Family Vacations to Savannah, Georgia

Forsyth Park Savannah, Georgia
Forsyth Park (courtesy, Georgia DED)

Savannah Family Travel Tips

  • Stroll streets shaded by huge oaks draped with Spanish moss.
  • Learn the city's history on a horse-drawn carriage ride, a pirate tour, or a ghost walk.
  • Hear the boom of canon firings at Old Fort Jackson.
  • Visit the birthplace of the founder of the Girl Scouts.
  • Explore Tybee Island's beaches, lighthouse, and Marine Science Center.

Savannah is a city made for strolling, with atmospheric streets lined by ancient oaks draped in Spanish moss and park-like squares adorned with fountains. First settled in 1733, the city's 2.5-square-mile historic area exudes Southern charm; to avoid historic-tour over-saturation with the kids, intersperse the exploration of the houses with outdoor rambles. (Be warned, though, that summer brings hot, humid conditions so pack plenty of water, hats, and sunscreen, and don't overexert already tired little legs.)

Start at the Savannah Visitor Center then visit the adjacent Savannah History Museum for a background film and look at the diverse regional artifacts, from a dugout canoe to 19th-century women's dresses to fictional Forest Gump's bench (much of the movie was filmed here, as was Midnight in the Garden of Good and Evil). Forsyth Park, 30 acres of greenery and fountains between Gaston Street and Park Avenue, is perfect for an impromptu game of tag or a picnic.

Cotton combined with river access made Savannah an 18th- and 19th-century boomtown. At Factor's Walk, cotton merchants once perched on the iron catwalks to judge the price of goods paraded below. Nearby River Street, fronting the water, houses more than 75 boutiques, cafés, restaurants, and galleries, plus showcases another city icon, the Waving Girl Statue. The sculpture commemorates Florence Martus, a city native who, from 1887 to 1931, reputedly waved at every ship entering the harbor in hopes of greeting her husband who sailed away just after their marriage, never to return. Continue the nautical theme at the Ships of the Sea Maritime Museum, where scores of models plus ship-in-the-bottle collections enthrall kids. At the Roundhouse Railroad Museum, train buffs get to see a diesel engine, steam locomotive, red caboose, and a large model train exhibit of the city.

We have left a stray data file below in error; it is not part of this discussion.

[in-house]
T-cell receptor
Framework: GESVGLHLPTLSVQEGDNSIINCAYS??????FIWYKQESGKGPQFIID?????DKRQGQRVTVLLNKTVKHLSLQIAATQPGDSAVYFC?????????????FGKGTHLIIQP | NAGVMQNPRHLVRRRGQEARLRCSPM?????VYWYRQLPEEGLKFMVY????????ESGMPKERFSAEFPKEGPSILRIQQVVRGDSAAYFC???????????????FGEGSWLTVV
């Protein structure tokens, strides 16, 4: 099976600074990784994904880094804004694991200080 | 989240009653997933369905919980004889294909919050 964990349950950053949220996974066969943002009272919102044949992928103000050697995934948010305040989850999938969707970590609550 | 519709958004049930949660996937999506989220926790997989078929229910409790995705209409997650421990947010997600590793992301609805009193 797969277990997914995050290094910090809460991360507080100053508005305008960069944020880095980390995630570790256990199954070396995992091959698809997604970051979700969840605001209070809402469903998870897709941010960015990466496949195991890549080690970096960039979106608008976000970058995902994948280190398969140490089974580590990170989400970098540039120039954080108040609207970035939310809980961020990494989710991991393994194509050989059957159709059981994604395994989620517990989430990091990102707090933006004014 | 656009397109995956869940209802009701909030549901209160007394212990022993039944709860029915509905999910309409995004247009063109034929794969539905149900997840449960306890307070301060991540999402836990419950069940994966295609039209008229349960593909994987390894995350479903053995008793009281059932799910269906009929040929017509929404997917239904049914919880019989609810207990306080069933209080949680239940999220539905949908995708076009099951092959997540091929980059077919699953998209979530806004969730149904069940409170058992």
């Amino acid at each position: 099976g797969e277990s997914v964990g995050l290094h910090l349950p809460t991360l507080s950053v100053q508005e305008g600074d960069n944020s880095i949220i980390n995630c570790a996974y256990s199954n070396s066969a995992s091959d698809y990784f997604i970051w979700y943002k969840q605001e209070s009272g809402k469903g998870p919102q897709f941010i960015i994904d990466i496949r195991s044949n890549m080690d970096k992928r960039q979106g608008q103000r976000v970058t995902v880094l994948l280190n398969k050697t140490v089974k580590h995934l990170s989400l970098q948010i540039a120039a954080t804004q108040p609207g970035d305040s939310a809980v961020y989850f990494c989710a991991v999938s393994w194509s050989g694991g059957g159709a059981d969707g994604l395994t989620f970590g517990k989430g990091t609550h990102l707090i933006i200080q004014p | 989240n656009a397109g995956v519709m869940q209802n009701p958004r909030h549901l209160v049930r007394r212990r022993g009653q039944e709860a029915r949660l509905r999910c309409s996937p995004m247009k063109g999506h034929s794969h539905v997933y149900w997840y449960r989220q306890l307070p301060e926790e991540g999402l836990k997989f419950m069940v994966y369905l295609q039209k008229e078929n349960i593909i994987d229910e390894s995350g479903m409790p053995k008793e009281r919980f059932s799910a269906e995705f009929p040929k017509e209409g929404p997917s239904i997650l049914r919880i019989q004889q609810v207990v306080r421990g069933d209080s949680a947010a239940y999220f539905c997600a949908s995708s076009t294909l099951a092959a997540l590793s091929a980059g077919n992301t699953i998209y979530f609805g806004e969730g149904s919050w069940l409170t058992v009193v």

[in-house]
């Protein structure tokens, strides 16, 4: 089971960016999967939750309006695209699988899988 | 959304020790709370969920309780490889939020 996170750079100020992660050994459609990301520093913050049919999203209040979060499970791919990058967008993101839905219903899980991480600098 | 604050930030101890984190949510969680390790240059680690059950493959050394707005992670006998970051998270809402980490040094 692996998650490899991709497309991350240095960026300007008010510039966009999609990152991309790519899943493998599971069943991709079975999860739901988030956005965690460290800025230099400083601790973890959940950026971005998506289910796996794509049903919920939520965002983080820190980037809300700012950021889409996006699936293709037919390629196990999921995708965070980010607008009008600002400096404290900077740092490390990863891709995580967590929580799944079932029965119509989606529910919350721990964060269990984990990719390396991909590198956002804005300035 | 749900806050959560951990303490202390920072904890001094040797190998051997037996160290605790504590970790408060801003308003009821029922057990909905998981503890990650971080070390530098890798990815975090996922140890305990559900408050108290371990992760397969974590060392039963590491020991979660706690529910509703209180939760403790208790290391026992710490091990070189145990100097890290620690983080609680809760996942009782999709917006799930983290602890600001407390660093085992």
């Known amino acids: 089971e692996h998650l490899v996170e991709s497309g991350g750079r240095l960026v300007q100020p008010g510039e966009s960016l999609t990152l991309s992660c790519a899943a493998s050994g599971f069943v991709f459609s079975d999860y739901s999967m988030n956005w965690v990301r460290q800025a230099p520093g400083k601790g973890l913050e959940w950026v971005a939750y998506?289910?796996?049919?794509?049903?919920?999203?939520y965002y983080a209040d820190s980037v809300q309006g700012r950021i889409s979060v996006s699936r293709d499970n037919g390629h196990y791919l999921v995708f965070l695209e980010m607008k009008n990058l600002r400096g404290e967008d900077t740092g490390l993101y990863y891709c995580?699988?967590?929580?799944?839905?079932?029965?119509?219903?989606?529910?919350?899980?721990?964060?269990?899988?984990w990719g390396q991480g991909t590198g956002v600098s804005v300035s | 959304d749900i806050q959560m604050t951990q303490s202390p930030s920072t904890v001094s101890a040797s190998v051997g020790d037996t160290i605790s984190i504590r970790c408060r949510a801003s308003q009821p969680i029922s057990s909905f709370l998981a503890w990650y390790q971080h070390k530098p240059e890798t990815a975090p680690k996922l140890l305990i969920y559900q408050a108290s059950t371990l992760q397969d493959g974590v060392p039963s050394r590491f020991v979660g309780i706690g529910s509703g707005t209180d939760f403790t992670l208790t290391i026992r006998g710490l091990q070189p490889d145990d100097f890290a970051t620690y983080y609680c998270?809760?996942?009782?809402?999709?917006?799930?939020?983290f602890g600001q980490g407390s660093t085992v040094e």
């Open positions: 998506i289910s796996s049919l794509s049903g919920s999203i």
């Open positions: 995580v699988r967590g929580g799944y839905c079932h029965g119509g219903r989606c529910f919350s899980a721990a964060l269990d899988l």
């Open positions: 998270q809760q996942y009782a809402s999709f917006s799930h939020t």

The archways, pillars, and fanciful iron railings of Savannah's stately, historic homes will delight design and architecture aficionados, but with kids, a tour of one or two of these is generally enough. A good choice, especially if there's a former or current Girl Scout in your family, is the Juliette Gordon Low Girl Scout Center, the home of the organization's founder. To make the city's history slide down easily, try a carriage ride, good for young kids who enjoy the slow pace and the horses; the Pirates Walk, led by a costumed buccaneer who recounts tales of swashbucklers; or the Ghost Tour, whose spooks, legends, and strange tales appeal to gradeschoolers.

The crackling boom of canon fire (daily in summer) at Old Fort Jackson helps kids travel back to a time when Savannah stood as an important strategic prize for warring navies including the Brits and the French. Cockspur Island's Fort Pulaski, captured by Union forces during the Civil War, impresses with massive walls, a drawbridge, moats, and even nature trails. Drive two more miles and you're on Tybee Island, a barrier island with a beach, lighthouse, and the Tybee Island Marine Science Center, which along with an aquarium and touch tank, offers naturalist-led beach walks.

Tip: Line up early for the family-style (ten guests to a table) lunch, served 11 a.m. to 2 p.m., at Mrs. Wilkes' Boarding House. At this Savannah classic, sample heaping plates of fried chicken, stew, rice, beans, biscuits, collared greens, sweet potatoes, plus several types of pie.

Recommended Side Trips: Georgia's Golden Isles (including Jekyll Island, St. Simons Island), Okefenokee National Wildlife Refuge, Jacksonville (Florida)


Away.com's resident family expert Candyce Stapen has written the book on family travel, having authored some 1,400 travel articles and 27 books, 26 of them on family travel. She is the winner of the 2004 "Caribbean Travel Writer of the Year for North America" award and a three-time winner of the Society of American Travel Writers' Lowell Thomas Travel Journalism award. Her articles have appeared in publications including Nick Jr , FamilyFun , Parents , Better Homes & Gardens , Conde Nast Traveler , National Geographic Traveler , and the Family Travel Network , among others. Her book, the National Geographic Guide to Caribbean Family Vacations is available from Amazon.com.

Published: 3 Oct 2007 | Last Updated: 23 Sep 2010
Details mentioned in this article were accurate at the time of publication

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